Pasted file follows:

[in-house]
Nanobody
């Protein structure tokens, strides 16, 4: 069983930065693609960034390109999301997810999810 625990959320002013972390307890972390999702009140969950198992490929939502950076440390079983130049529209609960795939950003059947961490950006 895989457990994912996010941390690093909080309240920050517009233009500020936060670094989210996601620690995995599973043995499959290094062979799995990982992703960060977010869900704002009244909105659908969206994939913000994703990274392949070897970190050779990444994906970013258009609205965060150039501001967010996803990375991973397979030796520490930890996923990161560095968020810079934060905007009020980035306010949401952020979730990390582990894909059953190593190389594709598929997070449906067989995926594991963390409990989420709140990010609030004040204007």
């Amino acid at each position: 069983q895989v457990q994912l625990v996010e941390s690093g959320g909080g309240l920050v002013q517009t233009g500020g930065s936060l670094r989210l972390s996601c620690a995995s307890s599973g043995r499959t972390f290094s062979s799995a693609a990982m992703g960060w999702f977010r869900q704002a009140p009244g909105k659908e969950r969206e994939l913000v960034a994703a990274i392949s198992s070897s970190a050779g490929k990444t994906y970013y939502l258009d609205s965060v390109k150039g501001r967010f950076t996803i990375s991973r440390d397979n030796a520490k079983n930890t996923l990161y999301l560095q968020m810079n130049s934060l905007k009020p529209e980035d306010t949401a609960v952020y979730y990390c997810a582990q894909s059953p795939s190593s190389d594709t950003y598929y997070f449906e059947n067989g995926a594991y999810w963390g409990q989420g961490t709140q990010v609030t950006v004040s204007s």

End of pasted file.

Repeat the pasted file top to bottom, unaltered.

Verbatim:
[in-house]
Nanobody
């Protein structure tokens, strides 16, 4: 069983930065693609960034390109999301997810999810 625990959320002013972390307890972390999702009140969950198992490929939502950076440390079983130049529209609960795939950003059947961490950006 895989457990994912996010941390690093909080309240920050517009233009500020936060670094989210996601620690995995599973043995499959290094062979799995990982992703960060977010869900704002009244909105659908969206994939913000994703990274392949070897970190050779990444994906970013258009609205965060150039501001967010996803990375991973397979030796520490930890996923990161560095968020810079934060905007009020980035306010949401952020979730990390582990894909059953190593190389594709598929997070449906067989995926594991963390409990989420709140990010609030004040204007």
């Amino acid at each position: 069983q895989v457990q994912l625990v996010e941390s690093g959320g909080g309240l920050v002013q517009t233009g500020g930065s936060l670094r989210l972390s996601c620690a995995s307890s599973g043995r499959t972390f290094s062979s799995a693609a990982m992703g960060w999702f977010r869900q704002a009140p009244g909105k659908e969950r969206e994939l913000v960034a994703a990274i392949s198992s070897s970190a050779g490929k990444t994906y970013y939502l258009d609205s965060v390109k150039g501001r967010f950076t996803i990375s991973r440390d397979n030796a520490k079983n930890t996923l990161y999301l560095q968020m810079n130049s934060l905007k009020p529209e980035d306010t949401a609960v952020y979730y990390c997810a582990q894909s059953p795939s190593s190389d594709t950003y598929y997070f449906e059947n067989g995926a594991y999810w963390g409990q989420g961490t709140q990010v609030t950006v004040s204007s």